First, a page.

Erev Roshanah 5763
Friends, let me cut to the chase this High Holidays. The work is so long and the day so short, and the news, gevalt! 9/11, suicide bombings, Enron, drought, floods, fire, Martha Stewart, the stock market, Iraq, Bin Laden, enough already! Maybe we should drown out these names with noisemakers. But this isn’t Purim, it is the High Holidays, also known as the Days of Awe. In this season of self-reflection and self-judgment, we will approach our traditional practice of heshbon hanefesh, the inventory of the soul, as never before.
We come to High Holidays with less optimism and hope than in past years. Our illusion of security and strength has disappeared, because America is no longer invincible. The country can no longer protect us. Every citizen on this planet could be dragged into a ghastly war. Being Jewish adds to the stress and the depression of the moment.
Tomorrow morning we will read the 27th Psalm, traditionally read every morning throughout the month preceding Rosh Hashanah. In it David passionately pleads, “Only one thing I ask, God, to live in your house forever.” Move over, David! We all want to take shelter.” Rabbis struggle with finding words for these times.
What am I going to tell you that you don’t already know? You don’t know that it is painful to be well-informed? That Israel is in a state of emergency? That being Jewish has new meaning? That it is impossible to live without hope? You all know that.
Two years ago, anti-Semitism felt like history. Now we understand our parents’ experience as Jews in America as we encounter anti-Israel sentiment from virtually all but the religious right. Here in Santa Fe the local paper has printed many letters that, at the least, are unfriendly towards Israel. Being Jewish is very complicated right now and some of us might even resent it.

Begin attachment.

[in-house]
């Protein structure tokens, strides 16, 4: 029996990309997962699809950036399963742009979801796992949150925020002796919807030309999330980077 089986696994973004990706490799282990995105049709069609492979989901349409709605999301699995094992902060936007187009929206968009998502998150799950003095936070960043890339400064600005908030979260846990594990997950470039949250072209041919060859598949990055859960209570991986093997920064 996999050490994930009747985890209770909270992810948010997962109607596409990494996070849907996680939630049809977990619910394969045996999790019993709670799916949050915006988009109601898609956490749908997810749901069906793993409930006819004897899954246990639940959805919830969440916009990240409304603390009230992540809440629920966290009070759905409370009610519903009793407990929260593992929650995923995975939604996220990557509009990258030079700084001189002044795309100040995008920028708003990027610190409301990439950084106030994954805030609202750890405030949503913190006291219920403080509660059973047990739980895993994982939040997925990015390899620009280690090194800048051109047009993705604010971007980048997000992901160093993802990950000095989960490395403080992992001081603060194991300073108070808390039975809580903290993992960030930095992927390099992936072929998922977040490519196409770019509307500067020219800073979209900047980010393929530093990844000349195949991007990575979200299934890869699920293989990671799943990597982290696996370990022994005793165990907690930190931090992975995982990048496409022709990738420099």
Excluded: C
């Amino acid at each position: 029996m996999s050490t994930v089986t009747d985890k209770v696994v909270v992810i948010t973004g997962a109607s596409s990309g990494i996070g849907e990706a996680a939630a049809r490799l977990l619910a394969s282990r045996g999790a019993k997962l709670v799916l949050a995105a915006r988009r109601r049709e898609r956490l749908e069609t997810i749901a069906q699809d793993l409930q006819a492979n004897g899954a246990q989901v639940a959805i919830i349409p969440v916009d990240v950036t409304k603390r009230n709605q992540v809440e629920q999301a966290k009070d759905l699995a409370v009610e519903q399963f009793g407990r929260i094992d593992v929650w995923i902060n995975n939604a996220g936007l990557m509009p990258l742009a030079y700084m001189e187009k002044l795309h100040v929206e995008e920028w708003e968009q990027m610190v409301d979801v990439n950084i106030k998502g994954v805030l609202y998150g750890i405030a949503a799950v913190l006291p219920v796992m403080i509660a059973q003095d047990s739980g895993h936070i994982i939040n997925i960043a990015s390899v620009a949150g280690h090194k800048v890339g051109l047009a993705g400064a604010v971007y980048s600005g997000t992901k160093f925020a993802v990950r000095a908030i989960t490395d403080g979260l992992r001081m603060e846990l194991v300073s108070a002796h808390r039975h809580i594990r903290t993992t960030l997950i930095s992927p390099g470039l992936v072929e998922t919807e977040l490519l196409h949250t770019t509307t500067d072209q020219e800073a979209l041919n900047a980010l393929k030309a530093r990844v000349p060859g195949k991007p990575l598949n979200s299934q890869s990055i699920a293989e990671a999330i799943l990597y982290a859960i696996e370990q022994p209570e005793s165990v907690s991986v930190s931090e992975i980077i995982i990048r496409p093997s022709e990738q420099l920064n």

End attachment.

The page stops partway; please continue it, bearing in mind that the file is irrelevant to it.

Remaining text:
Ironically, the one thing that might keep us hopeful these days is our tradition. If any people know about darkness and near-death experiences, it is the Jews. Being Jewish reminds me that being the most powerful isn’t necessarily a formula for success. We, who have always been the out-numbered, the eternally dying people, are still here while mighty places are only memory.
We can teach the world, trembling with fear of omnicide, world destruction, how to live with uncertainty and fear and still go on creating, loving, and living. We know that the world is a narrow bridge, and the only thing is not to be afraid. We also know that miracles occur: we crossed the Red Sea, we stood at Sinai, and we have lived to witness a miracle in our own time, the birth of the state of Israel.
I was raised to love this mythic place where I dropped coins into a blue box each week to plant trees there. Jews who looked like Paul Newman lived in a country where women served with men in an army that was powerful, egalitarian, and moral. The social experiment of the kibbutzim, the scientific advances, and the resurrection of a nearly beaten people meant a great deal to a child growing up in a country where the J word was rarely expressed outside home or synagogue. Budding Zionists,we were proud of Israel’s history.
The late 19th century settlers were pioneers no less heroic than Davy Crockett. Jews, ground for centuries by poverty, illiteracy, and illness, began to dream of a country where Jews could be free to live as Jews. Not necessarily very religious, however. They believed more in God’s people than God. Eliezer Ben-Yehuda took his passion for Hebrew, a dead language, to Palestine in the 1880’s and heard people speaking Hebrew by the time he died in 1922.